A eulogy for a good boy: R.I.P. Wally, 2000-2011.

I guess I’ll just jump in and get to it.

Remember my debonair and handsome cat, Wally? A little over a week ago, we were all just hanging around the house, waiting for the cable guy to come fix the internet, when he suddenly became sick. Really, really sick.

He was panting (which cats never do unless they’re in a lot of distress) and worse, he seemed to have no control over his back legs. I called a cab and took him to the Veterinary Emergency & Referral Group downtown. I quite honestly cannot say enough good things about this place. They whisked him out back almost as soon as I managed to choke out what his symptoms were.

In brief, he had congestive heart failure, his lungs were full of fluid, and a blood clot had migrated to his spine. The drugs the vet had given Wally to alleviate his symptoms were doing almost nothing for him.

I talked to my husband and daughter and told them I didn’t think we should make the cat wait for them to get to the vet office to say goodbye to him. So, it was just me there to see him off.

I guess it was sort of apt, just me and him alone together,  just like when we got him. Ten years ago, my husband was at the desk of the animal shelter, filling out paperwork, and I was in the shelter’s room of cats deemed friendly enough to tolerate each other.

I sat on a little couch, surveying the potential pets, and Wally just jumped up on the couch and flopped himself down next to me. Looking back on it now, I realize he was such a friendly cat that he probably would have done this to anyone (and probably had, for all I know, ten times already that day) but at the time, it felt like he picked me.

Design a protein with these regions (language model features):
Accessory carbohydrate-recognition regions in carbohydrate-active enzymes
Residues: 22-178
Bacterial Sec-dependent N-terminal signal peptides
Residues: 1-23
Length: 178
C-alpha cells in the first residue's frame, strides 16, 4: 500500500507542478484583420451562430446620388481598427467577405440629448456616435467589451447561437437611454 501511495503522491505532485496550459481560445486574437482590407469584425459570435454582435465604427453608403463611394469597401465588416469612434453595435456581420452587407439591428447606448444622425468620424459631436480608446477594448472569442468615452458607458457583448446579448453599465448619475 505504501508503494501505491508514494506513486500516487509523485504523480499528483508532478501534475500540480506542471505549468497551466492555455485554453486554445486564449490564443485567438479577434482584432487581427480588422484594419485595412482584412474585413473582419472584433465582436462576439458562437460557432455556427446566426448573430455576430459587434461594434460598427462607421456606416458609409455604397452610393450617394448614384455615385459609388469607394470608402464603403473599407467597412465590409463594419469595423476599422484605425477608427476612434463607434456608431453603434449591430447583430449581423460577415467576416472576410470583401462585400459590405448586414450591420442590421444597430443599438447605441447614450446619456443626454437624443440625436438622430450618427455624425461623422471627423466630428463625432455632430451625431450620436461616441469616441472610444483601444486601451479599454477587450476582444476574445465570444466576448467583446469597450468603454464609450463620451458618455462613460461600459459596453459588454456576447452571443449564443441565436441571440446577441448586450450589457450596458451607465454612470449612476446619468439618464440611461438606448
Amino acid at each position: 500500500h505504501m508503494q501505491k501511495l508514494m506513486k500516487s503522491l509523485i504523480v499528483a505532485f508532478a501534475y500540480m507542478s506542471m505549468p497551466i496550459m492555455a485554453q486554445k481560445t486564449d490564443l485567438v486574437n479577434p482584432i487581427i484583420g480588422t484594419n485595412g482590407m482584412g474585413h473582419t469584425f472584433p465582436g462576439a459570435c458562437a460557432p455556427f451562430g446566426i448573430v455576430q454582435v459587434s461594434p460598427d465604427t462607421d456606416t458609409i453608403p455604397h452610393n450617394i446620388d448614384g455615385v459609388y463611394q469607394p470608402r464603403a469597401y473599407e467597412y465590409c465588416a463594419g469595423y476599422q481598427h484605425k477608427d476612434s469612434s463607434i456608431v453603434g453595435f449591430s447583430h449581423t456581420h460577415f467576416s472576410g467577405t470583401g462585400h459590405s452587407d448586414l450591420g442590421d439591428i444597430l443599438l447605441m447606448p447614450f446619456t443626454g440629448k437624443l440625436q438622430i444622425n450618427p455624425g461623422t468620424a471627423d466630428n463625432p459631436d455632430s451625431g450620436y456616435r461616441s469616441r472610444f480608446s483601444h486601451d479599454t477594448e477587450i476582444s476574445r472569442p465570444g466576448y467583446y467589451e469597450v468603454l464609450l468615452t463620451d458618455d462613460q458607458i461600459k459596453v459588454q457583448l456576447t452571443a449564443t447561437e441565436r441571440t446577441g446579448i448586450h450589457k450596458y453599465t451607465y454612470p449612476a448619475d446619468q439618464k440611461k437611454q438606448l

Whether or not he was aware enough to know that I was there with him while they put him down, I guess I’ll never know but I like to hope so.

So, goodbye, handsome man. You were friendly without being a nuisance to people. You escaped and ran away one time but came back two days later to get petted by us. You were funny and sweet and had an exceptionally expressive face for a cat. Although I probably won’t miss your talent for high-volume puking or the way you liked to hump stuffed animals at 4 o’clock in the morning (seriously, what was with that?), you were a good cat — probably the best I’ve ever known.


One last thought: I’ve turned off the comments for this post — not because I’m so grief-stricken that I couldn’t bear them but because, despite all I’ve said here, it still makes me feel a little silly getting consolatory notes for, well… my cat. But please know that I deeply appreciate everyone’s sympathy. Thank you, everyone. 

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